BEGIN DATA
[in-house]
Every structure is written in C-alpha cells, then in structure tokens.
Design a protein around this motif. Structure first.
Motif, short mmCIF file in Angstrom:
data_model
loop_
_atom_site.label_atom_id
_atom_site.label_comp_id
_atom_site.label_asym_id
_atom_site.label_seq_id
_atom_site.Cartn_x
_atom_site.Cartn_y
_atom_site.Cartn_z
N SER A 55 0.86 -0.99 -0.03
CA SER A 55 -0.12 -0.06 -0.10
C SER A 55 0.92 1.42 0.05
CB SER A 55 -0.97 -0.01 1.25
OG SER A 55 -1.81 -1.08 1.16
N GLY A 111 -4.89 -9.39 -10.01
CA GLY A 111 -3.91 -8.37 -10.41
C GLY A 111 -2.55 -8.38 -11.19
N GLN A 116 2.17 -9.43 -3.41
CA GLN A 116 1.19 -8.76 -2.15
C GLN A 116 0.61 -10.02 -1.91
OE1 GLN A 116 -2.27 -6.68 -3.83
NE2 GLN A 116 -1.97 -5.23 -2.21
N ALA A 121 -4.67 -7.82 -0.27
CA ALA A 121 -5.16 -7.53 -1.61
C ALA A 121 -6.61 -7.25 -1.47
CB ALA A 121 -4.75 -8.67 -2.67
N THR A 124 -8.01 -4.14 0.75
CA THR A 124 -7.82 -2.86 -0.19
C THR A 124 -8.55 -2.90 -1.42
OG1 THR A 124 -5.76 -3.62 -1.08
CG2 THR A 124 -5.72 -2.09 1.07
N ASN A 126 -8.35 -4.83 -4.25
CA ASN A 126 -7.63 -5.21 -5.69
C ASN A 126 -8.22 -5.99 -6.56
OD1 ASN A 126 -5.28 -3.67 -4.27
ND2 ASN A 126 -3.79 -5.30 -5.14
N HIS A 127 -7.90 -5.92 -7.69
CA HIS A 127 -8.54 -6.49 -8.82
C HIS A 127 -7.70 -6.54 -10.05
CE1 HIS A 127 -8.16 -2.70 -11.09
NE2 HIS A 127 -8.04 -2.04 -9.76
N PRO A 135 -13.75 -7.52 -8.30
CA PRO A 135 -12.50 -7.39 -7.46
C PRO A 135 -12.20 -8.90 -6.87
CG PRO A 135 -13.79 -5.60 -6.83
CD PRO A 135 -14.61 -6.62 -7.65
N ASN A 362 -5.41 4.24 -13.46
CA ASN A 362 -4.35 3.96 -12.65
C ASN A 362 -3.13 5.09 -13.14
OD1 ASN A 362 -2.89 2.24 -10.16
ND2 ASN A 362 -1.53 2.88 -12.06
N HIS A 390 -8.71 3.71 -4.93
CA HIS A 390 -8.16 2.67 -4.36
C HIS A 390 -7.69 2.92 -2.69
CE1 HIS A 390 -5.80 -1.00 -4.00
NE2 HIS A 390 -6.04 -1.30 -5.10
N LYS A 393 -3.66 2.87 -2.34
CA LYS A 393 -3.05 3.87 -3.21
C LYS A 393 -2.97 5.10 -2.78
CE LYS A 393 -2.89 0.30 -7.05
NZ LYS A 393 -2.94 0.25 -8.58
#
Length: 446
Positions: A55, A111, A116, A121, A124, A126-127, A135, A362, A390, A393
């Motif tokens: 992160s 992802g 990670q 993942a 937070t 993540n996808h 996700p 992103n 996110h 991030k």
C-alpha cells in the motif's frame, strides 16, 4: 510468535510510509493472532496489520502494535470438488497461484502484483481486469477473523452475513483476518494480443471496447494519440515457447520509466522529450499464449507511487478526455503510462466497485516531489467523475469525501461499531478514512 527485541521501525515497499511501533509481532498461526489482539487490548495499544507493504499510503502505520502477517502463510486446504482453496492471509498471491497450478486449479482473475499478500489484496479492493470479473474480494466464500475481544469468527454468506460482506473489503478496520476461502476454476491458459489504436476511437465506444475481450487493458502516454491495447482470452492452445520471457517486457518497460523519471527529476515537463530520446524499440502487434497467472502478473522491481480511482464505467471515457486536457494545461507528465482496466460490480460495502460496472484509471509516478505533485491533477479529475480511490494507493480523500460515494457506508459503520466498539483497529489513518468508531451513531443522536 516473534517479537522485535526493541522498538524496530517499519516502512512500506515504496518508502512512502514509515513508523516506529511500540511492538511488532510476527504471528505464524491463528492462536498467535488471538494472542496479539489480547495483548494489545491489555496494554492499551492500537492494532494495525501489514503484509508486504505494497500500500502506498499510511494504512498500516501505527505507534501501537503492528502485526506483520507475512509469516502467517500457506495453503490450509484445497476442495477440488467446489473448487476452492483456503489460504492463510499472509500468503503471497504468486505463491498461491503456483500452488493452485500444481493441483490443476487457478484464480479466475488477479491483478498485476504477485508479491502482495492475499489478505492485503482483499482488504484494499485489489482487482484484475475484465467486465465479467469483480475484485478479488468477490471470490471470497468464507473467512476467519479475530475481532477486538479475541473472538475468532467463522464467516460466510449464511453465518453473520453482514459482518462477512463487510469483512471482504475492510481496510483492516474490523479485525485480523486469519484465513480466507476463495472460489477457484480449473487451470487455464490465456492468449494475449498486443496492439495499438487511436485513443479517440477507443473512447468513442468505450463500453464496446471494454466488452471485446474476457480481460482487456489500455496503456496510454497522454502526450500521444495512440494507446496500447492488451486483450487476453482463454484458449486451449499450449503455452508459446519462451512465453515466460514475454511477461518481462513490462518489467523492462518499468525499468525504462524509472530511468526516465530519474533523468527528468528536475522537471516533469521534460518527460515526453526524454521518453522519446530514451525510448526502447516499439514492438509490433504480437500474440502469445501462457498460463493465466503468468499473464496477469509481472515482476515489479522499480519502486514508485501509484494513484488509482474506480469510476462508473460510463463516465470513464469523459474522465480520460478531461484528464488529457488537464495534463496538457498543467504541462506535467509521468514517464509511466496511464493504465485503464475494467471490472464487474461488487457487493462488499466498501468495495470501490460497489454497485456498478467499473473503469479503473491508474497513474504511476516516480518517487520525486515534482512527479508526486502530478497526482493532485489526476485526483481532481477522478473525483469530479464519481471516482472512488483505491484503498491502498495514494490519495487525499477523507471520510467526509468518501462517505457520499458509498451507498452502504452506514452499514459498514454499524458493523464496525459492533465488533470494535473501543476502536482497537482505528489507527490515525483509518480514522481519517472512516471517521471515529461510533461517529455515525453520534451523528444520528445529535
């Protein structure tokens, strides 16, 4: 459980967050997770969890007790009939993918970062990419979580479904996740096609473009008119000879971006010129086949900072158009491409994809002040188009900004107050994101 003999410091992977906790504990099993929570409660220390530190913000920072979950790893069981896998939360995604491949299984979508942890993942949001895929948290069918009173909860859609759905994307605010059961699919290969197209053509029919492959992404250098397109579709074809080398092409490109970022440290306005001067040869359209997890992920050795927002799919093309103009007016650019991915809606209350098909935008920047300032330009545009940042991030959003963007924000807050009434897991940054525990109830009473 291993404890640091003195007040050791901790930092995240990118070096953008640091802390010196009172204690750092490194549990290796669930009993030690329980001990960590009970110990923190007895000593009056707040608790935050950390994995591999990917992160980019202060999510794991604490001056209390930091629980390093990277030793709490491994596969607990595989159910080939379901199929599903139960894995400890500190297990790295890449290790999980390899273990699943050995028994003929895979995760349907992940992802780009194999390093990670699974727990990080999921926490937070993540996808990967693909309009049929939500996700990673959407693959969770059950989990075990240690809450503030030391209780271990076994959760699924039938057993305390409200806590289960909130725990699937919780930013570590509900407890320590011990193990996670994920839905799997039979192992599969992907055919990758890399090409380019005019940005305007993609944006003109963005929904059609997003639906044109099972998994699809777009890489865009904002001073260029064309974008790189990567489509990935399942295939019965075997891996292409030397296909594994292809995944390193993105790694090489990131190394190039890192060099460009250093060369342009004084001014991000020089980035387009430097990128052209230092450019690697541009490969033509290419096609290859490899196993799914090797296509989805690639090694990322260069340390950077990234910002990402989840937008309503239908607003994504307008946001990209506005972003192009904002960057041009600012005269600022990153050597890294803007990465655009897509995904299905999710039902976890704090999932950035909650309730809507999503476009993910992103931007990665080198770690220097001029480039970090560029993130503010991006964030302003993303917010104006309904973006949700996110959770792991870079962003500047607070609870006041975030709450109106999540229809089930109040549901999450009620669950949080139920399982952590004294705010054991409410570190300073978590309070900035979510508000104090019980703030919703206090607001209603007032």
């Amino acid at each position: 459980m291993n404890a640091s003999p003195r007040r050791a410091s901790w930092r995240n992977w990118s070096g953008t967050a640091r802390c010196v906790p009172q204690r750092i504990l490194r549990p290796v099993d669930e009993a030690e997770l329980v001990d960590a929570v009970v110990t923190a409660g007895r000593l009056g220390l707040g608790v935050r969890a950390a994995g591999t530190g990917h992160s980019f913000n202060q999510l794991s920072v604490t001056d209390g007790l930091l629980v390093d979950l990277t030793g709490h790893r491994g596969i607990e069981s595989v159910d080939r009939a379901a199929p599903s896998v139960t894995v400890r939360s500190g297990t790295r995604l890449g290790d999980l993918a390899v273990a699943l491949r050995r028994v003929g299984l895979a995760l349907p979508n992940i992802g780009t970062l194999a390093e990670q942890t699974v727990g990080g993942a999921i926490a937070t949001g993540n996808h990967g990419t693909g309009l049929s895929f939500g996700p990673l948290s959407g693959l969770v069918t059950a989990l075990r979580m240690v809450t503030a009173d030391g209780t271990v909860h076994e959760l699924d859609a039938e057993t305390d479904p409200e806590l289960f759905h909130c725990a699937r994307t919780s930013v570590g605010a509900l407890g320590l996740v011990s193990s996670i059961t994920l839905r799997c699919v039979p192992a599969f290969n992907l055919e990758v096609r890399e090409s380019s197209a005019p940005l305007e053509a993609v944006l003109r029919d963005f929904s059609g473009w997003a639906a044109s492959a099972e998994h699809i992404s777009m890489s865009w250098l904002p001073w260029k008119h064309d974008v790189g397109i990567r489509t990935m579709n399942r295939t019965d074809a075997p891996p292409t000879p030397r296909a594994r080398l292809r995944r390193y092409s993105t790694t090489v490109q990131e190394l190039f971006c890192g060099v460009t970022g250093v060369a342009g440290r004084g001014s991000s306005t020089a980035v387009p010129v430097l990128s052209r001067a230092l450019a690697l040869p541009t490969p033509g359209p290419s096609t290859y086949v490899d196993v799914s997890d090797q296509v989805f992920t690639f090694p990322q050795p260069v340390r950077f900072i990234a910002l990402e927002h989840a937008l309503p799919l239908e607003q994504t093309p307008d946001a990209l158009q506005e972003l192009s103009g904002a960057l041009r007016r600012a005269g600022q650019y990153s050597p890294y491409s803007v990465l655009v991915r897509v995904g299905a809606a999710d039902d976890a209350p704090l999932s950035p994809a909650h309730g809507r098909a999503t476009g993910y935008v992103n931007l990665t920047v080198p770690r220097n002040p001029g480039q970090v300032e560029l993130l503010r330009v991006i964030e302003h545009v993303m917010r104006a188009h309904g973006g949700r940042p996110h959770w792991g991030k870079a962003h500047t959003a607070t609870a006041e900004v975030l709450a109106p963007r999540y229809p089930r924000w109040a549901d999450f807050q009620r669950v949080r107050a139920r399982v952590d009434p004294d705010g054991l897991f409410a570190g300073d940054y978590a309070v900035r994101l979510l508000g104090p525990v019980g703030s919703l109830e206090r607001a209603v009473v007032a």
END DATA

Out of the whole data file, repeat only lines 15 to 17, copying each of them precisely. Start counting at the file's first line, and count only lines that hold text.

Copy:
CA SER A 55 -0.12 -0.06 -0.10
C SER A 55 0.92 1.42 0.05
CB SER A 55 -0.97 -0.01 1.25